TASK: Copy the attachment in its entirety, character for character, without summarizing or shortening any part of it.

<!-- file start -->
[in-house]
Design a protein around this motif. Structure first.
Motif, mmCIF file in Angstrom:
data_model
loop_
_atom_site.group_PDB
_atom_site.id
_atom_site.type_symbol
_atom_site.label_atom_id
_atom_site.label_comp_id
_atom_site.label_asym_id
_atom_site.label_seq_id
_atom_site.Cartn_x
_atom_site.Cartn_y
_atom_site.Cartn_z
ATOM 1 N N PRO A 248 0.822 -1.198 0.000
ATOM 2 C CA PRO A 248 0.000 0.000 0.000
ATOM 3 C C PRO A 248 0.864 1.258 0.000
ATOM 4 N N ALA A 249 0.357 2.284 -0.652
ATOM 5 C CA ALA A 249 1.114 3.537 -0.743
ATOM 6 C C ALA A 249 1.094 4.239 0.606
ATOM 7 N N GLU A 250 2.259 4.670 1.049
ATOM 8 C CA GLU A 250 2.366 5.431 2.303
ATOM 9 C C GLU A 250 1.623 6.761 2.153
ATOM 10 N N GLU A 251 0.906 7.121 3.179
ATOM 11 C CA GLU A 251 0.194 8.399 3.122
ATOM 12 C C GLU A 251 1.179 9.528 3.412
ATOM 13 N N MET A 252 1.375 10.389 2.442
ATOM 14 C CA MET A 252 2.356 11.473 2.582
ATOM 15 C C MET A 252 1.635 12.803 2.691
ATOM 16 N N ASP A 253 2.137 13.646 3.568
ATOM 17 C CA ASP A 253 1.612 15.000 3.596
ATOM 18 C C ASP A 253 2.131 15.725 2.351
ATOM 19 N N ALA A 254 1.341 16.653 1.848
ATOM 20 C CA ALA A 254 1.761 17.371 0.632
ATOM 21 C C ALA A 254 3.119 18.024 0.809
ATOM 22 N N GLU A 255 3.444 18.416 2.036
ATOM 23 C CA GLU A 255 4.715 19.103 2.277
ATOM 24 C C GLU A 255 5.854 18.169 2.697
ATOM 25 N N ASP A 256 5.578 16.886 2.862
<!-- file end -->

[in-house]
Design a protein around this motif. Structure first.
Motif, mmCIF file in Angstrom:
data_model
loop_
_atom_site.group_PDB
_atom_site.id
_atom_site.type_symbol
_atom_site.label_atom_id
_atom_site.label_comp_id
_atom_site.label_asym_id
_atom_site.label_seq_id
_atom_site.Cartn_x
_atom_site.Cartn_y
_atom_site.Cartn_z
ATOM 1 N N PRO A 248 0.822 -1.198 0.000
ATOM 2 C CA PRO A 248 0.000 0.000 0.000
ATOM 3 C C PRO A 248 0.864 1.258 0.000
ATOM 4 N N ALA A 249 0.357 2.284 -0.652
ATOM 5 C CA ALA A 249 1.114 3.537 -0.743
ATOM 6 C C ALA A 249 1.094 4.239 0.606
ATOM 7 N N GLU A 250 2.259 4.670 1.049
ATOM 8 C CA GLU A 250 2.366 5.431 2.303
ATOM 9 C C GLU A 250 1.623 6.761 2.153
ATOM 10 N N GLU A 251 0.906 7.121 3.179
ATOM 11 C CA GLU A 251 0.194 8.399 3.122
ATOM 12 C C GLU A 251 1.179 9.528 3.412
ATOM 13 N N MET A 252 1.375 10.389 2.442
ATOM 14 C CA MET A 252 2.356 11.473 2.582
ATOM 15 C C MET A 252 1.635 12.803 2.691
ATOM 16 N N ASP A 253 2.137 13.646 3.568
ATOM 17 C CA ASP A 253 1.612 15.000 3.596
ATOM 18 C C ASP A 253 2.131 15.725 2.351
ATOM 19 N N ALA A 254 1.341 16.653 1.848
ATOM 20 C CA ALA A 254 1.761 17.371 0.632
ATOM 21 C C ALA A 254 3.119 18.024 0.809
ATOM 22 N N GLU A 255 3.444 18.416 2.036
ATOM 23 C CA GLU A 255 4.715 19.103 2.277
ATOM 24 C C GLU A 255 5.854 18.169 2.697
ATOM 25 N N ASP A 256 5.578 16.886 2.862